July 28, 2016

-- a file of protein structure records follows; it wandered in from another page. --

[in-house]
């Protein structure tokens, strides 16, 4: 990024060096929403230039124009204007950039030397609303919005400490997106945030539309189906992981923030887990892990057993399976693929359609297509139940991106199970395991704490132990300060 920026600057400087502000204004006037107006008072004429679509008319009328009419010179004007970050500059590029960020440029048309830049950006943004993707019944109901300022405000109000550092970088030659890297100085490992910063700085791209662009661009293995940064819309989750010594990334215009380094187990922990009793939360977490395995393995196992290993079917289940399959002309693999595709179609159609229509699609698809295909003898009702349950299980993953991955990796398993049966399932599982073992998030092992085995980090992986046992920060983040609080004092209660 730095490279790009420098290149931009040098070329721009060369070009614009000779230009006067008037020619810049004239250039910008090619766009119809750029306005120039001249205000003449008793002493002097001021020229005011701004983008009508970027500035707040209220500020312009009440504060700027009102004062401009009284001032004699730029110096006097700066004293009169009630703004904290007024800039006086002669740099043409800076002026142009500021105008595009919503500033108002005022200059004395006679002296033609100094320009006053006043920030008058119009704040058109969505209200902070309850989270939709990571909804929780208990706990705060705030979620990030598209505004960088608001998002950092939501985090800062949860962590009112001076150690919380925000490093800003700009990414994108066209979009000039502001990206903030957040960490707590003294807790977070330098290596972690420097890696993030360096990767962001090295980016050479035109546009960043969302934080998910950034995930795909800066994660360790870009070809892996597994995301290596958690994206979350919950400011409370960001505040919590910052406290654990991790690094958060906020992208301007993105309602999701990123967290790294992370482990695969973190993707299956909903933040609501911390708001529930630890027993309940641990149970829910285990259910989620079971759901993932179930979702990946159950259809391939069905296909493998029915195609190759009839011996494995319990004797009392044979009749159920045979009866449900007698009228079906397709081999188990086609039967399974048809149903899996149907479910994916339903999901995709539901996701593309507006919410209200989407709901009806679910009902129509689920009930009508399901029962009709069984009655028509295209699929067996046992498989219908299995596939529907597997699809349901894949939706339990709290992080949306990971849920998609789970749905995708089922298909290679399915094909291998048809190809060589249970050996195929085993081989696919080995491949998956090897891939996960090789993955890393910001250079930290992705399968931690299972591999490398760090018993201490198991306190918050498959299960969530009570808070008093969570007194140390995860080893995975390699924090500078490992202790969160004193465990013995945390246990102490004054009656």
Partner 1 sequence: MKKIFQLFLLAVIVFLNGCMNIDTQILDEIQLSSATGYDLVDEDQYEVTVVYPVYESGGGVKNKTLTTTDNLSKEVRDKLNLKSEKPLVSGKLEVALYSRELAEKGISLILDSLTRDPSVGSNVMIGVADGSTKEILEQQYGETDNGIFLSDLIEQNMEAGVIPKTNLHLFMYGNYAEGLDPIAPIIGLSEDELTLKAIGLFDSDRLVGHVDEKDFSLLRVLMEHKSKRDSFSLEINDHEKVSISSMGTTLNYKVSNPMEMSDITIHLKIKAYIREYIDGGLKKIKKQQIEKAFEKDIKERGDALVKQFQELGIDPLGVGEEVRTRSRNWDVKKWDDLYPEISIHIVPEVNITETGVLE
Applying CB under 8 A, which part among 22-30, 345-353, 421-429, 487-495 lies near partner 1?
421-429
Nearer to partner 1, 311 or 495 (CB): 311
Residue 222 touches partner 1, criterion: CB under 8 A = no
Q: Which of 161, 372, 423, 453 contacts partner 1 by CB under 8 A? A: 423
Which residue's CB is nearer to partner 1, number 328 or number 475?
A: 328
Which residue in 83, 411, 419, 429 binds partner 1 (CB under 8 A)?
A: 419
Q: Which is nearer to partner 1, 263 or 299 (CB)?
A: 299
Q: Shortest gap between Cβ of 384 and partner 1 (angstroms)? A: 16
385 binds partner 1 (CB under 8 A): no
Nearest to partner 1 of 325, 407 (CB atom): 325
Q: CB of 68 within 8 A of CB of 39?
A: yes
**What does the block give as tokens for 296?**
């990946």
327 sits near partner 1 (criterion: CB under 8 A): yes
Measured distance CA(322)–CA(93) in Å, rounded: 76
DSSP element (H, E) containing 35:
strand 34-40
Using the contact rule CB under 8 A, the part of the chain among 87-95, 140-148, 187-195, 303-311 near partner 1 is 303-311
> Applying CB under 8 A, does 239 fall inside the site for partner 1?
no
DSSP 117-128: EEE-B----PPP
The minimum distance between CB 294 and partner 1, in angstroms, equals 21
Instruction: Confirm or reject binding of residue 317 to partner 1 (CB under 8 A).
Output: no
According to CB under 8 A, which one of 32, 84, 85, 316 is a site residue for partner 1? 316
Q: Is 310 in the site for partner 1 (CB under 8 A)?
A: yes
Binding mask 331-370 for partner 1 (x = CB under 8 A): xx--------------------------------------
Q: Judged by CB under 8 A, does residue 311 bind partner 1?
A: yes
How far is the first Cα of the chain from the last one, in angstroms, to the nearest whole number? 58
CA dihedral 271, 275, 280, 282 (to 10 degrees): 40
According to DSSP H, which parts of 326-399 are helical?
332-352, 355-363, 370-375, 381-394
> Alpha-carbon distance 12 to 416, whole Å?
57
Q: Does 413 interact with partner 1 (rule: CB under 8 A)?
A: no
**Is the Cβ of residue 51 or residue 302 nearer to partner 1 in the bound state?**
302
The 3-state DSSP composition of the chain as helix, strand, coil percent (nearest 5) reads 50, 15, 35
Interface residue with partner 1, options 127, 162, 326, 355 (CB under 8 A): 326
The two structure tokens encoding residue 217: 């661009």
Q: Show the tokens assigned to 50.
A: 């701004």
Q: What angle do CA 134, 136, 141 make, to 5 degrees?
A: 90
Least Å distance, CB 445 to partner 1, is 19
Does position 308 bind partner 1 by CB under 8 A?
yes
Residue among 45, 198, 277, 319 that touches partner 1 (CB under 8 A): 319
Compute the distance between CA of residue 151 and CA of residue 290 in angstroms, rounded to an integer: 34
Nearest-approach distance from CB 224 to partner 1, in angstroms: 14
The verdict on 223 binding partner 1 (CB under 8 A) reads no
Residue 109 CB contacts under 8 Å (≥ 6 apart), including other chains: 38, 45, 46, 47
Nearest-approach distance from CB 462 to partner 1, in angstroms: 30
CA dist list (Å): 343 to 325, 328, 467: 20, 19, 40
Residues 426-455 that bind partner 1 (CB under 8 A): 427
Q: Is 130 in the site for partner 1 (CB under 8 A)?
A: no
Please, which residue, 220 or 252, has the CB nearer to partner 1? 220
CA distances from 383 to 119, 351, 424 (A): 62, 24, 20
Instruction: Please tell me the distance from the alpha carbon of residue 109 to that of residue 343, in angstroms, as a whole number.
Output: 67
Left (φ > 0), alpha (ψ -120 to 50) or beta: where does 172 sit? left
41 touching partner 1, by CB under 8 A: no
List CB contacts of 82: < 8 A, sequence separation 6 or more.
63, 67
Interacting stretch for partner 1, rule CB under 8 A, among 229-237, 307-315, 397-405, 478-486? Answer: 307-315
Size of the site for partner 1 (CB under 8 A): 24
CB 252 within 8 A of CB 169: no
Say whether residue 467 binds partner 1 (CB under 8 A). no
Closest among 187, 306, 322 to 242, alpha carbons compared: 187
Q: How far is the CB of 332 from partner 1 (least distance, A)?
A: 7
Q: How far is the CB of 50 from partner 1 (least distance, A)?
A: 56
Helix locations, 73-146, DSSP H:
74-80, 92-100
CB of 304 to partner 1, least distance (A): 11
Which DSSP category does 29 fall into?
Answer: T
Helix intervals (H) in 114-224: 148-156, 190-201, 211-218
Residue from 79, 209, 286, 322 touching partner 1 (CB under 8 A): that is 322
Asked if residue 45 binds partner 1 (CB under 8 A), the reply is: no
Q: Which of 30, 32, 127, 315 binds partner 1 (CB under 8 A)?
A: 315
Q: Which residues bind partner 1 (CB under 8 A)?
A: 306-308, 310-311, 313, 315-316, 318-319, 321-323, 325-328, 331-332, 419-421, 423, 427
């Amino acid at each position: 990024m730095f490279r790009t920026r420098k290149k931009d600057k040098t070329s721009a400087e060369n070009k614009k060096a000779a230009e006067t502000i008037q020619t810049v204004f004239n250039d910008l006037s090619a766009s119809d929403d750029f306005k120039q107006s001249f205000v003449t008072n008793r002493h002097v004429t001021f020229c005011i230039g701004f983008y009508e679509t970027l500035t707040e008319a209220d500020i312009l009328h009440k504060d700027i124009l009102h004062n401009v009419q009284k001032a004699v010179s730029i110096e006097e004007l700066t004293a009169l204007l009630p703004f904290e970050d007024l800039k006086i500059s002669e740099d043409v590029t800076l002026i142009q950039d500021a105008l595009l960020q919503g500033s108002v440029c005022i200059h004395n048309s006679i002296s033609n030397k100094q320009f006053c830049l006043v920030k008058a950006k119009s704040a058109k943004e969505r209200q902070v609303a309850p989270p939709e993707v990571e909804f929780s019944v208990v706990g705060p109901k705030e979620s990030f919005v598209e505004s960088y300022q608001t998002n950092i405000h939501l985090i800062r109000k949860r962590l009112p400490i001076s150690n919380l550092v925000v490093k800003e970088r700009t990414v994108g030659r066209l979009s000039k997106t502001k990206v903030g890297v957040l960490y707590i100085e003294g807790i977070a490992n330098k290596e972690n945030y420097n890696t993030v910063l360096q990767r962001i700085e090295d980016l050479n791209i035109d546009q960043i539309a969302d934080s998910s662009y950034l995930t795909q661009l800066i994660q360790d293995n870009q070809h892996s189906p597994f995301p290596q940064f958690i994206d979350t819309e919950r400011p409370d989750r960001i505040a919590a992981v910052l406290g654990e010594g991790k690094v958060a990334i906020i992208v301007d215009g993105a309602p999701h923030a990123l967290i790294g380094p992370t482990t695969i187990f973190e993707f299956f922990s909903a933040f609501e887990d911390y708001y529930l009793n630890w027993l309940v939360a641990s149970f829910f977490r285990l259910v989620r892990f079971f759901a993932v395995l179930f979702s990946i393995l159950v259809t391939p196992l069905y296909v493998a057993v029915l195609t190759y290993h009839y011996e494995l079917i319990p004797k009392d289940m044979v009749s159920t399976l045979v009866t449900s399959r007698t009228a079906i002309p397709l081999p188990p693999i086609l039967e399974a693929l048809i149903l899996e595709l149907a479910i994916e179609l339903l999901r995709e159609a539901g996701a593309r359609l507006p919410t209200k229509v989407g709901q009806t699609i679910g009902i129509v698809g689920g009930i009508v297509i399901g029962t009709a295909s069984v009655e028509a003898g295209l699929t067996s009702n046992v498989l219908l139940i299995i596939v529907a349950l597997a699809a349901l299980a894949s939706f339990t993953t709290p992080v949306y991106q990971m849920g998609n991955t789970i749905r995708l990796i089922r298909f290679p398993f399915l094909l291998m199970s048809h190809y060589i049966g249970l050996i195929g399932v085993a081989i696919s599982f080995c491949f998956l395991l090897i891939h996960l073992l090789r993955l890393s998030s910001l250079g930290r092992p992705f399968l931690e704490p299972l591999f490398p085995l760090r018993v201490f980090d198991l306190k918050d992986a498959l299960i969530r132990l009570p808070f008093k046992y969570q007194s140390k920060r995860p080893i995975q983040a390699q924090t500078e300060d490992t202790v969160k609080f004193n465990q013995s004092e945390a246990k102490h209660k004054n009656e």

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In our standard model of cosmology, only five percent of the mass-energy budget of the Universe is accounted for by particles that have been detected in Earth-based laboratories. The remaining 95 percent, called dark matter and dark energy, has only been detected gravitationally via astronomical observations. Although the abundance of dark matter and dark energy has been measured with great precision, their fundamental nature remains mysterious. In this talk, UCLA astronomer Tommaso Treu briefly reviews the history of the discovery of dark matter and dark energy and describes how we can gain new insights by studying the trajectories of photons as they travel across the universe, a phenomenon known as strong gravitational lensing.